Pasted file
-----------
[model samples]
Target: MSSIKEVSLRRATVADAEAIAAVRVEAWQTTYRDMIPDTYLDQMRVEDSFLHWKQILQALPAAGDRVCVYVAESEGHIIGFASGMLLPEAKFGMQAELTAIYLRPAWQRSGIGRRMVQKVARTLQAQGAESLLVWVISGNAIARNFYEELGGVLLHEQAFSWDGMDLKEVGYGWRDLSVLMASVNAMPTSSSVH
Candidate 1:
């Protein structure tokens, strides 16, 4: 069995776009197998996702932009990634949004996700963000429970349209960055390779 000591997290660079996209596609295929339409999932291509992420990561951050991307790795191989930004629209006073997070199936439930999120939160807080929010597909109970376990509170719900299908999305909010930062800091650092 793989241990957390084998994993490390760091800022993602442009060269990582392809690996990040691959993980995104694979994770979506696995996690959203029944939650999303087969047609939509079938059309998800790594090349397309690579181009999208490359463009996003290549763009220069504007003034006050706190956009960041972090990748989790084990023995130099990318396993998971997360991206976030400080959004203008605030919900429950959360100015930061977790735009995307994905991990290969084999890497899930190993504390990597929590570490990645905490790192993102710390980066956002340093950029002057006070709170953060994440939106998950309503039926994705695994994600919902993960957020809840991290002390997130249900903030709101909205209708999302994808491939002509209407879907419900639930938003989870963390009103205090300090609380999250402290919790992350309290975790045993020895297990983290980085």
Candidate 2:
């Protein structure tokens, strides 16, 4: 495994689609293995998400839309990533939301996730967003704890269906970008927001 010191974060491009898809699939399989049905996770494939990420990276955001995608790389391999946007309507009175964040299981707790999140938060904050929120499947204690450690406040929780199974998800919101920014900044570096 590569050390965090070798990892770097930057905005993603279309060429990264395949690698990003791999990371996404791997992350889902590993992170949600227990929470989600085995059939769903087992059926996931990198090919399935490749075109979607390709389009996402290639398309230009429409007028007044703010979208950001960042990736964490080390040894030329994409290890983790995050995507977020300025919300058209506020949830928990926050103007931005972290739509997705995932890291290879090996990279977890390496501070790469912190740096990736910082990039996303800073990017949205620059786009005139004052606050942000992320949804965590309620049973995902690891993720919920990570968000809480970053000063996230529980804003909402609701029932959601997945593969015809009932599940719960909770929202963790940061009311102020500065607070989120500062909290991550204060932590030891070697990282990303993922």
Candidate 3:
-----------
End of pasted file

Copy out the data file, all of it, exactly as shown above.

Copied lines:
[model samples]
Target: MSSIKEVSLRRATVADAEAIAAVRVEAWQTTYRDMIPDTYLDQMRVEDSFLHWKQILQALPAAGDRVCVYVAESEGHIIGFASGMLLPEAKFGMQAELTAIYLRPAWQRSGIGRRMVQKVARTLQAQGAESLLVWVISGNAIARNFYEELGGVLLHEQAFSWDGMDLKEVGYGWRDLSVLMASVNAMPTSSSVH
Candidate 1:
């Protein structure tokens, strides 16, 4: 069995776009197998996702932009990634949004996700963000429970349209960055390779 000591997290660079996209596609295929339409999932291509992420990561951050991307790795191989930004629209006073997070199936439930999120939160807080929010597909109970376990509170719900299908999305909010930062800091650092 793989241990957390084998994993490390760091800022993602442009060269990582392809690996990040691959993980995104694979994770979506696995996690959203029944939650999303087969047609939509079938059309998800790594090349397309690579181009999208490359463009996003290549763009220069504007003034006050706190956009960041972090990748989790084990023995130099990318396993998971997360991206976030400080959004203008605030919900429950959360100015930061977790735009995307994905991990290969084999890497899930190993504390990597929590570490990645905490790192993102710390980066956002340093950029002057006070709170953060994440939106998950309503039926994705695994994600919902993960957020809840991290002390997130249900903030709101909205209708999302994808491939002509209407879907419900639930938003989870963390009103205090300090609380999250402290919790992350309290975790045993020895297990983290980085």
Candidate 2:
């Protein structure tokens, strides 16, 4: 495994689609293995998400839309990533939301996730967003704890269906970008927001 010191974060491009898809699939399989049905996770494939990420990276955001995608790389391999946007309507009175964040299981707790999140938060904050929120499947204690450690406040929780199974998800919101920014900044570096 590569050390965090070798990892770097930057905005993603279309060429990264395949690698990003791999990371996404791997992350889902590993992170949600227990929470989600085995059939769903087992059926996931990198090919399935490749075109979607390709389009996402290639398309230009429409007028007044703010979208950001960042990736964490080390040894030329994409290890983790995050995507977020300025919300058209506020949830928990926050103007931005972290739509997705995932890291290879090996990279977890390496501070790469912190740096990736910082990039996303800073990017949205620059786009005139004052606050942000992320949804965590309620049973995902690891993720919920990570968000809480970053000063996230529980804003909402609701029932959601997945593969015809009932599940719960909770929202963790940061009311102020500065607070989120500062909290991550204060932590030891070697990282990303993922």
Candidate 3: